Layered on top of this is the development of genetically modified "triploid" Pacific oysters.  Forcing an extra set of genes into the Pacific oyster prevented its becoming "fertile" during the summer months (i.e., they are sterile).  This prevented the "plumpness" from the summer months' breeding most people find unpalatable.  The downside to this is a species less able to adapt to changes in the marine environment (i.e., being sterile, there are no progeny produced to survive and adapt to the changing environment).

A recent abstract from a 2011 Pacific Coast Shellfish Growers Association in Salem, OR  found that in waters with CO2 levels of the future, native Geoduck's larvae survived at higher levels than at current CO2 levels (read abstract from UW here).  Is the Pacific oyster really a canary in the coal mine, or simply a species being forced to grow in an environment it was not adapted to, like a Chiuahuah in the Arctic?

Wednesday, May 23, 2012

Imazamox, Eel Grass and CO2/Ocean Acidification in Willapa Bay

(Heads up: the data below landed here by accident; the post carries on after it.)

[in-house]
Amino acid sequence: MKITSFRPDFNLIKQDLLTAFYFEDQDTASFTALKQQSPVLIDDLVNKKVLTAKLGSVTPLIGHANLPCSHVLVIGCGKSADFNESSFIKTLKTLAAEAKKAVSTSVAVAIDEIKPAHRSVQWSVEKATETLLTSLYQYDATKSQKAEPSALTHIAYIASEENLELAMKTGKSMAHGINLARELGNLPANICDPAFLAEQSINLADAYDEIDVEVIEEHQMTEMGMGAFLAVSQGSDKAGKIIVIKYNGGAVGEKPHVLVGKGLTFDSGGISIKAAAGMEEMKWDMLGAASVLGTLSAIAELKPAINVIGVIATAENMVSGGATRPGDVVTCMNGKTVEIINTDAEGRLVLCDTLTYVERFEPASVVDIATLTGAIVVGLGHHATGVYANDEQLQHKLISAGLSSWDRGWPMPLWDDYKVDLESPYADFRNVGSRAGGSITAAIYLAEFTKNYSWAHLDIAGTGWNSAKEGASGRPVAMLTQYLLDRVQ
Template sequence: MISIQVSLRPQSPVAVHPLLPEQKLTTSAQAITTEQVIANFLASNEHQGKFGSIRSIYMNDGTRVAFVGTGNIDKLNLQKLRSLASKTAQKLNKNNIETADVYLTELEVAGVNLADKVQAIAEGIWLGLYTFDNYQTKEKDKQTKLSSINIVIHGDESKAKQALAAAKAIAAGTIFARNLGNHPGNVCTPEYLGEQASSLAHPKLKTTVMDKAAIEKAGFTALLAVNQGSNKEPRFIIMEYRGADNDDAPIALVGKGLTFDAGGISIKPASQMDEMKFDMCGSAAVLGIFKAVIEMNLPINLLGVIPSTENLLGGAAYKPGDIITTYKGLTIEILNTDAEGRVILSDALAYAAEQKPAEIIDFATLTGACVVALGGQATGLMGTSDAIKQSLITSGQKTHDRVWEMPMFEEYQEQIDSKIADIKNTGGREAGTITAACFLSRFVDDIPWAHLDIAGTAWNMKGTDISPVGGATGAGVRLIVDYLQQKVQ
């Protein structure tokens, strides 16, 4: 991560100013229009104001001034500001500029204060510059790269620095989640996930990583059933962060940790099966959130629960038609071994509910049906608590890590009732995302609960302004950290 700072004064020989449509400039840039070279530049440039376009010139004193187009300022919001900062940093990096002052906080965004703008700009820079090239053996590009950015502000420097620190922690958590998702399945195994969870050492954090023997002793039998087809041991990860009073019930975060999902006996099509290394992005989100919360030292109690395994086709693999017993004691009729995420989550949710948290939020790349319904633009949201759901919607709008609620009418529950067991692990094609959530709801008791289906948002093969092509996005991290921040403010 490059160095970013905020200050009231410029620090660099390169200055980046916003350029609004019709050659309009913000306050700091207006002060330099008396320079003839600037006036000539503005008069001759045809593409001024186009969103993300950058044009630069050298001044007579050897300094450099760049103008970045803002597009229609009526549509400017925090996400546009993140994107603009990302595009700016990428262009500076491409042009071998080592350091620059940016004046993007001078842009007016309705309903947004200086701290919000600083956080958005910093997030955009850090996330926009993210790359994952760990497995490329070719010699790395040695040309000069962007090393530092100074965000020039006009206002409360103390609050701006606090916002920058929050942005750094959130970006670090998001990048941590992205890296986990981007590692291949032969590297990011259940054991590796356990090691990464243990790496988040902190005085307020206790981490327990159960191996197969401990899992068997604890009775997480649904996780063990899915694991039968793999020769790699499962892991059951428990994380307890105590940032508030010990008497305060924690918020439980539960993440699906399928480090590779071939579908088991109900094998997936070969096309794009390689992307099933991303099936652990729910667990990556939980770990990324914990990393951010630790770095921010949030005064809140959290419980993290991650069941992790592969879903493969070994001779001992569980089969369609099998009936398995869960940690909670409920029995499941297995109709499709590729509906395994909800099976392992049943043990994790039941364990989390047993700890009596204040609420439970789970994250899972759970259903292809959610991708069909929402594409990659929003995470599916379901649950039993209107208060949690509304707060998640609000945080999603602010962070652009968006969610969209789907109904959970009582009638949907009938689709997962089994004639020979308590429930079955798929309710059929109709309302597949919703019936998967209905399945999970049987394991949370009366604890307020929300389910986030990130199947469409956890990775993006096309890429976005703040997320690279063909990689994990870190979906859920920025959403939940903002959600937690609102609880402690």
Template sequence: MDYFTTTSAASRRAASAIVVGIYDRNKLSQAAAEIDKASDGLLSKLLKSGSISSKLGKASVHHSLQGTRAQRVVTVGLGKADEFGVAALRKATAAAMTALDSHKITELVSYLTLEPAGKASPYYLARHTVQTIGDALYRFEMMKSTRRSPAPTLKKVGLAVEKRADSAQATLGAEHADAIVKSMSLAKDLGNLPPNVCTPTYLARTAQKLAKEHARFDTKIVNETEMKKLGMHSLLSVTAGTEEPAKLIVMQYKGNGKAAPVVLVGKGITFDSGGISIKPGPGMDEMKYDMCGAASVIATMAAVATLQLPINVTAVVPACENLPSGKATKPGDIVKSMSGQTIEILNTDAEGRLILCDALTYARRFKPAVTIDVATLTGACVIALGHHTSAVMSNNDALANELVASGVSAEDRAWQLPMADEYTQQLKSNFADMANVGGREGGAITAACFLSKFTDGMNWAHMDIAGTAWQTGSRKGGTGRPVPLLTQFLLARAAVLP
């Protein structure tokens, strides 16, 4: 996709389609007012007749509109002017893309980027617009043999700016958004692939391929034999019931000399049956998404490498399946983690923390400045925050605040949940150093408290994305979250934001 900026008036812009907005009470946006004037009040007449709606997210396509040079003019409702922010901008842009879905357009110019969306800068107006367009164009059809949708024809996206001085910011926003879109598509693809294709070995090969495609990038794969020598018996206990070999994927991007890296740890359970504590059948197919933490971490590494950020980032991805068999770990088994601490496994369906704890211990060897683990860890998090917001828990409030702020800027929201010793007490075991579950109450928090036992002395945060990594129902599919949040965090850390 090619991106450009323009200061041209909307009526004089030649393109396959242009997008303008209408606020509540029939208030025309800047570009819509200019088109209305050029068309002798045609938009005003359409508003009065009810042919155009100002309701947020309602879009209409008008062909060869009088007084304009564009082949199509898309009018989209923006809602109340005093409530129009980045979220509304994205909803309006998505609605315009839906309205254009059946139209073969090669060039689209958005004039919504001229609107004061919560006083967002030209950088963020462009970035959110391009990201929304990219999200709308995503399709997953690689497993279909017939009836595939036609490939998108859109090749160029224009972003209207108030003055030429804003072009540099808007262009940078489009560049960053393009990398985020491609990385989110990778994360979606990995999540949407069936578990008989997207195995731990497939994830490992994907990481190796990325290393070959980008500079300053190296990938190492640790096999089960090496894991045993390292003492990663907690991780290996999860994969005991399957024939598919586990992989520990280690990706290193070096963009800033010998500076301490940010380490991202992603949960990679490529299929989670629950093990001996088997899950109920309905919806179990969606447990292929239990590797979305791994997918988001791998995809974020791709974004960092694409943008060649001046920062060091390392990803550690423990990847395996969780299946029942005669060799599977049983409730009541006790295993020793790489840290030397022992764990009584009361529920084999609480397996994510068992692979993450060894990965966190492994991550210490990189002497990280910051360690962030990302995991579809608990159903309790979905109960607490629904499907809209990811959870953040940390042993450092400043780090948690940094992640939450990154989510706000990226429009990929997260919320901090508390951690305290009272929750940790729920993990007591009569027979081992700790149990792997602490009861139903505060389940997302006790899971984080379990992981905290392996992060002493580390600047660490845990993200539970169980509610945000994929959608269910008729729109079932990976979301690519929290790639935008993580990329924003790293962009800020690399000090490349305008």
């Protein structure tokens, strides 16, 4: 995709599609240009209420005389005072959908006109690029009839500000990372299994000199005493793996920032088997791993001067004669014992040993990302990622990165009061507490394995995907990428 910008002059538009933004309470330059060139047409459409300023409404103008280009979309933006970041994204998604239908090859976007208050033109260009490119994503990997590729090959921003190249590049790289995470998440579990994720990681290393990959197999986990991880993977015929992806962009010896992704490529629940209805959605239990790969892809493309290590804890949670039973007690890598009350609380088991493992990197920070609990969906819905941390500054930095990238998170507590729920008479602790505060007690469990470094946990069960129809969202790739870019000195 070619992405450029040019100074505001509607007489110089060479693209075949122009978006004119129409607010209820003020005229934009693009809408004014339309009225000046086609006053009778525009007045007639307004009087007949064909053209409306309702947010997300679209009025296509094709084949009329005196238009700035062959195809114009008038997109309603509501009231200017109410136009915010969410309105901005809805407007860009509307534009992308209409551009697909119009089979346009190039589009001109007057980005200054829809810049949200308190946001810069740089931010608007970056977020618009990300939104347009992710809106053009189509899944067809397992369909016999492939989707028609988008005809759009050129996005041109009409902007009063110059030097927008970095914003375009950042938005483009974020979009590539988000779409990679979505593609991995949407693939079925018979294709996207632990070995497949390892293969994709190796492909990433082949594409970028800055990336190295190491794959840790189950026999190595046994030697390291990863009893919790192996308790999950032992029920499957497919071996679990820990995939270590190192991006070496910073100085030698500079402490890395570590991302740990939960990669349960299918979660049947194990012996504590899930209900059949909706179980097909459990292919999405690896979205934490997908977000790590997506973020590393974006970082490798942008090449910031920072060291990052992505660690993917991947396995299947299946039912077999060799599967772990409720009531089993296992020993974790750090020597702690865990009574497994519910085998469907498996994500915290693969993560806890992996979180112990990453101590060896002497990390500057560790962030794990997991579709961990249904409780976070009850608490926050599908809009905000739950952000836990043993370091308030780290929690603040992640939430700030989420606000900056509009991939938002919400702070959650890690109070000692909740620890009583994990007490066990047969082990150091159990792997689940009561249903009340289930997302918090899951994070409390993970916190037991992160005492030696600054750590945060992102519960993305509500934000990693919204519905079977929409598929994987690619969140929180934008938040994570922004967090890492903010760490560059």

Ecology is beginning the permit process which would allow imazamox to be applied to eel grass in Willapa Bay while at the same time it is being told by scientists on the Blue Ribbon Panel on Ocean Acidification that aquatic vegetation will modulate the local response to increasing CO2 levels and ocean acidification. (see the May 23 powerpoint presentations here)

For an article on the importance of seagrass' ability to remove and store carbon, read: Seagrass stores more carbon than forests
(for the abstract from the May 20, 2012 magazine, Nature Geoscience, click here)

Healthy Thalassia sea grass bed, main source of food for manatees in Florida

Of all the marine bodies in Washington, Willapa Bay has been impacted the most by the effects of increasing CO2 and resultant "ocean acidification."  Natural sets of oysters are not occurring and hundreds of thousands of taxpayer dollars have been used to install filters and monitors in hatcheries elsewhere in order to overcome the growing problem increasing CO2 and ocean acidification has created in order to replace the non-occurring natural sets. 

At today's Blue Ribbon Panel on Ocean Acidification one of the scientific presentations was entitled "Ocean Acidification in Washington - Science White Paper."  The "white paper" is intended to accomplish two things for the panel:
1. Serve as the basis for the Panel’s Research & Monitoring recommendations; and,